Peru trade deal probed over labor rights

United Press International

Peru trade deal probed over labor rights

By DONNA BORAK

UPI Business Correspondent

11 March 2006

WASHINGTON, March 11 (UPI) — The Peruvian government is hoping to swiftly complete a free trade agreement with the United States despite reports by the U.S. government that point to inadequate labor rights in the region that do little to protect workers.

Peruvian President Alejandro Toledo, who met with President George W. Bush and other senior officials Friday, is hoping to secure passage of the trade compact which is currently under review by Congress. The administration completed talks with Peru in December, but it will be up to Congress to decide on whether or not to implement the trade legislation in the next few weeks.

"It’s very important, the free trade agreement, because it generates jobs and enables to continue the sustained rates of economic growth, to reduce poverty," said Toledo, in a news conference with Bush at the White House on Friday.

Toledo, who has worked aggressively to complete a free trade deal with the United States in order to help further bolster economic growth, has sought to leave a legacy of progress and economic stability as his term of office is set to expire.

Peru grew 6.7 percent last year and has been growing on average five percent a year for the last five years.

"I’m sure that after I finish and pass away the power to the next president, Peruvians and Latin Americans do not want to go through this cycle that creates instability, that does not attract capital investment, to continue growth, to generate jobs, to invest more in health, nutrition and education, and to reduce poverty," said Toledo.

However, despite efforts by Toledo to make substantial progress on labor rights in his country, there has been growing concern by some members of Congress over Peru’s worker’s rights and enforcement laws.

Additionally, a new report issued this week by the U.S. State Department points to a series of labor rights violations by the Peruvian government. House Democrats are now calling on the administration to include basic labor standards in the text of the free trade deal, something they say the administration is unwilling to do.

"Including basic labor standards in the text of the FTA is the easiest, most effective way to hold countries accountable, and it’s not too late to do this," said Rep. Benjamin Cardin, D-Md., lead Democrat on the House Ways and Means Trade subcommittee. "The Bush administration has been unwilling to deviate from their hard-line stance, but here they’ve been presented with a partner eager to expand the rights of its working people for the good of all those involved.

Toledo, according to Democrats, offered last September to include a commitment to comply with International Labor Organization standards for basic labor rights within the text of the free trade agreement.

While the administration confirmed Toledo’s offer, it did not confirm whether ILO standards have been incorporated into the text of the agreement at the time of this filing.

The U.S. trade office has tried to make the case that Peru has made efforts to reform its labor rights by ratifying 71 ILO rules, as well as, passing a major labor law reform in 2003 to reduce the number of workers needed to establish a union. The reformed law also eliminated prohibitions keeping workers away from joining unions and limiting the power of the labor ministry to cancel a union’s registration.

"Enforcement of labor rights in the Andean countries is a vitally important issue and was emphasized throughout the negotiations with the Andean countries," said Neena Moorjani, spokeswoman for U.S. Trade Representative Rob Portman. "Both Peru and Columbia are committed to enforcing and improving the rule of law in general, and adherence to international labor standards in particular."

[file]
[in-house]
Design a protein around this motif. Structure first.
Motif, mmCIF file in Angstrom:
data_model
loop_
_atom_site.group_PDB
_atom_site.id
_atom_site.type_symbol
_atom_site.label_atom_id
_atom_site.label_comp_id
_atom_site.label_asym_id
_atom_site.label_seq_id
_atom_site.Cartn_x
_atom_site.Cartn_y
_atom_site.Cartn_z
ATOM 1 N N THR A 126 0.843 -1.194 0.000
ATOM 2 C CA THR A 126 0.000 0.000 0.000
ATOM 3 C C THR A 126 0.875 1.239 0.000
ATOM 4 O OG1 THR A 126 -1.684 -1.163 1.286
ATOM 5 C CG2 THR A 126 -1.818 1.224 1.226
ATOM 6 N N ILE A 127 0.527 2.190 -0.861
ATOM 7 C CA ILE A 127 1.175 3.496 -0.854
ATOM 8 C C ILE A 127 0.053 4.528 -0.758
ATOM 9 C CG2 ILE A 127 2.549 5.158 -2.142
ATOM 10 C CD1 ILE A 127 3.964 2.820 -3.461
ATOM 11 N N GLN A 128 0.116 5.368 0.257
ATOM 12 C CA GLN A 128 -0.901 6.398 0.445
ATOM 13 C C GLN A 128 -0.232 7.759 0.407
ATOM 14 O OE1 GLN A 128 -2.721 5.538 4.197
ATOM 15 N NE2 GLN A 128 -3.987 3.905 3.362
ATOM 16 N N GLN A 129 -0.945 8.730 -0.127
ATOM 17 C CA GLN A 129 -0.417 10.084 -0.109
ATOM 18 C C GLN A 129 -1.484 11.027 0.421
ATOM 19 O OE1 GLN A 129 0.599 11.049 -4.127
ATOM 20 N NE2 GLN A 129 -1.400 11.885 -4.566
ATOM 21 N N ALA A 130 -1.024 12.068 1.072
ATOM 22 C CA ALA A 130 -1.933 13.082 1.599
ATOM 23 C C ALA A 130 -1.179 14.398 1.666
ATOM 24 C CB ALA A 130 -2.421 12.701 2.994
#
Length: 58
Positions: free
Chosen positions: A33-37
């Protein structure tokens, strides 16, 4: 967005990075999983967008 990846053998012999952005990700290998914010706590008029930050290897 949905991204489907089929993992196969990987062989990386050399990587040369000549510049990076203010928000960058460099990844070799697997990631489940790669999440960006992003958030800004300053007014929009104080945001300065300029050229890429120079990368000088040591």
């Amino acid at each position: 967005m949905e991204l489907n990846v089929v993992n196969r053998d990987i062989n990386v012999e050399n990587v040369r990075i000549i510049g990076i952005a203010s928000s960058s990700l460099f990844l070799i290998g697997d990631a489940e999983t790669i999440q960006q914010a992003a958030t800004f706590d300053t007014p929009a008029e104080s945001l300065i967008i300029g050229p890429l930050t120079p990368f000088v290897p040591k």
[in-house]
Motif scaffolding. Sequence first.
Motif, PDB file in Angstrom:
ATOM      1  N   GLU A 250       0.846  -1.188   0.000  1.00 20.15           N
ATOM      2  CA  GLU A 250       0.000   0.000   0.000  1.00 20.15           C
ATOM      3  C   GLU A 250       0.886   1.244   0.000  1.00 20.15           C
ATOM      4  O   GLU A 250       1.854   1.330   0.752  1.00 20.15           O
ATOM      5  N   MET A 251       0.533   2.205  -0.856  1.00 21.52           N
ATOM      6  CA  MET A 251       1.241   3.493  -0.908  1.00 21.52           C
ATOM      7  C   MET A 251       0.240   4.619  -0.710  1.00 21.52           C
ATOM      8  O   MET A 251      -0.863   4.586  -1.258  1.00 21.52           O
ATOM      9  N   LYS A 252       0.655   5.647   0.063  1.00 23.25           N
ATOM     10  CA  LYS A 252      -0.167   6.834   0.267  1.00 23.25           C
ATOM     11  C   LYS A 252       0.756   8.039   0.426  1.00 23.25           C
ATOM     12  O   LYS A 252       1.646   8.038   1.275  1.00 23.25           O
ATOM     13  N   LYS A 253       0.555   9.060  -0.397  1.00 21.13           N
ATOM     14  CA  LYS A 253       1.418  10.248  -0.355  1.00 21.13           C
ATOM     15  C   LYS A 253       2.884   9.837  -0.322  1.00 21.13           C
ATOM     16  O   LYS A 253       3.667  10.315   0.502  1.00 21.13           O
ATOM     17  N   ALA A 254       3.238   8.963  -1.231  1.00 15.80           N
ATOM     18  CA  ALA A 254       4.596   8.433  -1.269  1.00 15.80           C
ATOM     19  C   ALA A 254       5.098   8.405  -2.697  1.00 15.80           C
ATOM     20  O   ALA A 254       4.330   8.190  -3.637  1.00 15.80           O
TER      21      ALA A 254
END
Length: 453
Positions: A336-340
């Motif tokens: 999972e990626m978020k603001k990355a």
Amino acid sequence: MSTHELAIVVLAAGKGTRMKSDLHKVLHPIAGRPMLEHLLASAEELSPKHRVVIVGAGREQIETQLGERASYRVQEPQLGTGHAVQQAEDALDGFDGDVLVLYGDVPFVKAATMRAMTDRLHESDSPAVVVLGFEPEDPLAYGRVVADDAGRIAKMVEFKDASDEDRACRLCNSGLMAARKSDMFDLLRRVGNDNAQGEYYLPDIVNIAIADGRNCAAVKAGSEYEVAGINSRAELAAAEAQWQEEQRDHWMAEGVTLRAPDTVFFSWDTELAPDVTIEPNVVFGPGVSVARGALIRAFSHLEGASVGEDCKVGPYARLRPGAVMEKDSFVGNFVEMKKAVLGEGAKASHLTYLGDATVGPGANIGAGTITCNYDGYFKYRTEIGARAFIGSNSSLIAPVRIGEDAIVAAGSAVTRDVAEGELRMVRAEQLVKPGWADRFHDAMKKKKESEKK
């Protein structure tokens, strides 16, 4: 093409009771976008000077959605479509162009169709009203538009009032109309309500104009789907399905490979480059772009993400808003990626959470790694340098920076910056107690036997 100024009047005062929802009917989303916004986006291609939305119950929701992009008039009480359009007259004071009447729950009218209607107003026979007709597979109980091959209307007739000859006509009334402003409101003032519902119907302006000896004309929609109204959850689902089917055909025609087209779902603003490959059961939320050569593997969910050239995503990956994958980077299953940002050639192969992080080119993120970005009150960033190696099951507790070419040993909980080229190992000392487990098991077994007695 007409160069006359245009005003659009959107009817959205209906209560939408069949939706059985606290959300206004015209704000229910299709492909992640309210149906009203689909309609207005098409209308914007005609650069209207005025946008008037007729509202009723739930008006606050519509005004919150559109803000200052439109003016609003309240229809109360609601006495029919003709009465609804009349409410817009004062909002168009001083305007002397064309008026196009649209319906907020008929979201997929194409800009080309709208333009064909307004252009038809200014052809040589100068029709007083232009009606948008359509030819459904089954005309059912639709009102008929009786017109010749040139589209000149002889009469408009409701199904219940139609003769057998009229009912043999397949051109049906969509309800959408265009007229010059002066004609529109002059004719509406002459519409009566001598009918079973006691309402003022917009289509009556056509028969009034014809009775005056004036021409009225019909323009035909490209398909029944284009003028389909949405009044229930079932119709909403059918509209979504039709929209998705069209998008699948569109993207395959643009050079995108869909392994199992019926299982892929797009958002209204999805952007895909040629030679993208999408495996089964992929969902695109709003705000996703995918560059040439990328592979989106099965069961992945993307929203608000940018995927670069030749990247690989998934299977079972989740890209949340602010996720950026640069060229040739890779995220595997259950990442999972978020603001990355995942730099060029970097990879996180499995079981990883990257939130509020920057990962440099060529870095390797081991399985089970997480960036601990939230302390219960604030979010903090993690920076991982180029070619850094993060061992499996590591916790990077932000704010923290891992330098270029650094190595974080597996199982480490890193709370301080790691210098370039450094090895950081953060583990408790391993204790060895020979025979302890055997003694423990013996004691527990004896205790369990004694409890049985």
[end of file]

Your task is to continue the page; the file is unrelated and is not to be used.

However, according to the State Department report, these efforts to reform labor standards have not been successful. In many cases, forming a union remains just as difficult as before the 2003 reform, with only about 5 percent of the 8.5 million workforce belonging to an organized labor union. Companies have resorted to hiring temporary workers in order to prevent the increase of union members. While the law restricts that only 20 percent of the workforce can be a temporary employee, labor advocates argue that often times companies exceed that limit.

While workers are allowed to strike, the law requires that unions that represent public service workers must notify the ministry of labor before they strike. According to the ministry, there was only one legal strike and 45 illegal strikes between January and August of 2005.

"Labor leaders alleged that it was difficult to get approval for a legal strike and believed that the ministry of labor was reluctant to do so for fear of hurting the economy," said the State Department report.

Additionally the State Department reported that in many cases there was still forced labor including those involved with children. Narcotics traffickers and Shining Path terrorists also continued to hold indigenous families captive in remote areas using their labor including children to grow crops and coca.

While these reports have called into question the Peruvian government’s ability to sustain reform and maintain ILO standards, the administration has remained optimistic that Congress will successfully pass the trade deal.

"We would not have concluded the agreement if we didn’t believe that they have an improving situation with regard to labor," Rob Portman, told reporters on Wednesday, after an executive session with House Agriculture committee. "The issue isn’t the FTA. We can use the FTA to improve the situation whether its labor, environment or market access or non-tariff barriers."

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